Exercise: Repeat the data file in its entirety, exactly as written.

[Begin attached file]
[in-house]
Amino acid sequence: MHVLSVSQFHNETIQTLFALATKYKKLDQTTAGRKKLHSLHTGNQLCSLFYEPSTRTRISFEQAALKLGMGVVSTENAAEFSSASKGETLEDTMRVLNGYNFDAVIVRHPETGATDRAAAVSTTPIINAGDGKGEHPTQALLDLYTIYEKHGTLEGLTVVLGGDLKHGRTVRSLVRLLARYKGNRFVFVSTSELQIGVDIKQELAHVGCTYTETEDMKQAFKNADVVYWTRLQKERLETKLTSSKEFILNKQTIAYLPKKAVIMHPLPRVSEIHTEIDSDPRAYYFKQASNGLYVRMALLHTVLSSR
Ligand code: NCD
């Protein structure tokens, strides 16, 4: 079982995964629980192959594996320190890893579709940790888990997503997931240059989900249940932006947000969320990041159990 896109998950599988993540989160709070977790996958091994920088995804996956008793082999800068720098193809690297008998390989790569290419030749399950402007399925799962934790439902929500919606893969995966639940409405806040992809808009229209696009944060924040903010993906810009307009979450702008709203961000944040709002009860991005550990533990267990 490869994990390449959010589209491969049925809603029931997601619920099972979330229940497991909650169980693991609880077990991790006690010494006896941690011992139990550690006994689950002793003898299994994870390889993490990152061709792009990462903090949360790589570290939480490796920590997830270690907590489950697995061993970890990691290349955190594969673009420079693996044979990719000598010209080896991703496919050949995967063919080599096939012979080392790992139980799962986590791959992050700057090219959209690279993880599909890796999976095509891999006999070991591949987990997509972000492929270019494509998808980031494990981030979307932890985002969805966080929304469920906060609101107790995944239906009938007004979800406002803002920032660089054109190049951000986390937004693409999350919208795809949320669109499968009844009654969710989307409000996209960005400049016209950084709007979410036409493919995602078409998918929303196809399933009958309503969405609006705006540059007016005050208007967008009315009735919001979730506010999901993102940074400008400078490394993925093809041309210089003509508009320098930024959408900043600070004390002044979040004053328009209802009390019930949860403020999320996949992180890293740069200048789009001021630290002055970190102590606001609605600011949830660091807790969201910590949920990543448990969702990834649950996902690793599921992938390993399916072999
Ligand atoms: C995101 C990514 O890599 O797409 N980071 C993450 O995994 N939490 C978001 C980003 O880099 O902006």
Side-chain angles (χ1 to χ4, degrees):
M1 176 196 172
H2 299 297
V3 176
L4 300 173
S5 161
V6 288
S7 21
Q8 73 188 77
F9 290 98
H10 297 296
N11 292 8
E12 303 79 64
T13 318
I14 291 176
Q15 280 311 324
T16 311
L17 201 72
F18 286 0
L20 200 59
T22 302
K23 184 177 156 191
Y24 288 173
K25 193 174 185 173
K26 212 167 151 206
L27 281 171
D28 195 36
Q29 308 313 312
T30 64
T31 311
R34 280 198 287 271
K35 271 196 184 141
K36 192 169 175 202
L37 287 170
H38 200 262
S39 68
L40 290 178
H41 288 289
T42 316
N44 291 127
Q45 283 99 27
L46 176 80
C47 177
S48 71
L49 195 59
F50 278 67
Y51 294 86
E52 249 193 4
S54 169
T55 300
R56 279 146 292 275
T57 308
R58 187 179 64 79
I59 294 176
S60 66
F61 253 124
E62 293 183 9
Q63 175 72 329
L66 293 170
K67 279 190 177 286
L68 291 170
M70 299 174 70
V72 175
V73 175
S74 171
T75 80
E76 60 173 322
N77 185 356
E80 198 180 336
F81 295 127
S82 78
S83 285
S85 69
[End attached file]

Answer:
[in-house]
Amino acid sequence: MHVLSVSQFHNETIQTLFALATKYKKLDQTTAGRKKLHSLHTGNQLCSLFYEPSTRTRISFEQAALKLGMGVVSTENAAEFSSASKGETLEDTMRVLNGYNFDAVIVRHPETGATDRAAAVSTTPIINAGDGKGEHPTQALLDLYTIYEKHGTLEGLTVVLGGDLKHGRTVRSLVRLLARYKGNRFVFVSTSELQIGVDIKQELAHVGCTYTETEDMKQAFKNADVVYWTRLQKERLETKLTSSKEFILNKQTIAYLPKKAVIMHPLPRVSEIHTEIDSDPRAYYFKQASNGLYVRMALLHTVLSSR
Ligand code: NCD
């Protein structure tokens, strides 16, 4: 079982995964629980192959594996320190890893579709940790888990997503997931240059989900249940932006947000969320990041159990 896109998950599988993540989160709070977790996958091994920088995804996956008793082999800068720098193809690297008998390989790569290419030749399950402007399925799962934790439902929500919606893969995966639940409405806040992809808009229209696009944060924040903010993906810009307009979450702008709203961000944040709002009860991005550990533990267990 490869994990390449959010589209491969049925809603029931997601619920099972979330229940497991909650169980693991609880077990991790006690010494006896941690011992139990550690006994689950002793003898299994994870390889993490990152061709792009990462903090949360790589570290939480490796920590997830270690907590489950697995061993970890990691290349955190594969673009420079693996044979990719000598010209080896991703496919050949995967063919080599096939012979080392790992139980799962986590791959992050700057090219959209690279993880599909890796999976095509891999006999070991591949987990997509972000492929270019494509998808980031494990981030979307932890985002969805966080929304469920906060609101107790995944239906009938007004979800406002803002920032660089054109190049951000986390937004693409999350919208795809949320669109499968009844009654969710989307409000996209960005400049016209950084709007979410036409493919995602078409998918929303196809399933009958309503969405609006705006540059007016005050208007967008009315009735919001979730506010999901993102940074400008400078490394993925093809041309210089003509508009320098930024959408900043600070004390002044979040004053328009209802009390019930949860403020999320996949992180890293740069200048789009001021630290002055970190102590606001609605600011949830660091807790969201910590949920990543448990969702990834649950996902690793599921992938390993399916072999
Ligand atoms: C995101 C990514 O890599 O797409 N980071 C993450 O995994 N939490 C978001 C980003 O880099 O902006």
Side-chain angles (χ1 to χ4, degrees):
M1 176 196 172
H2 299 297
V3 176
L4 300 173
S5 161
V6 288
S7 21
Q8 73 188 77
F9 290 98
H10 297 296
N11 292 8
E12 303 79 64
T13 318
I14 291 176
Q15 280 311 324
T16 311
L17 201 72
F18 286 0
L20 200 59
T22 302
K23 184 177 156 191
Y24 288 173
K25 193 174 185 173
K26 212 167 151 206
L27 281 171
D28 195 36
Q29 308 313 312
T30 64
T31 311
R34 280 198 287 271
K35 271 196 184 141
K36 192 169 175 202
L37 287 170
H38 200 262
S39 68
L40 290 178
H41 288 289
T42 316
N44 291 127
Q45 283 99 27
L46 176 80
C47 177
S48 71
L49 195 59
F50 278 67
Y51 294 86
E52 249 193 4
S54 169
T55 300
R56 279 146 292 275
T57 308
R58 187 179 64 79
I59 294 176
S60 66
F61 253 124
E62 293 183 9
Q63 175 72 329
L66 293 170
K67 279 190 177 286
L68 291 170
M70 299 174 70
V72 175
V73 175
S74 171
T75 80
E76 60 173 322
N77 185 356
E80 198 180 336
F81 295 127
S82 78
S83 285
S85 69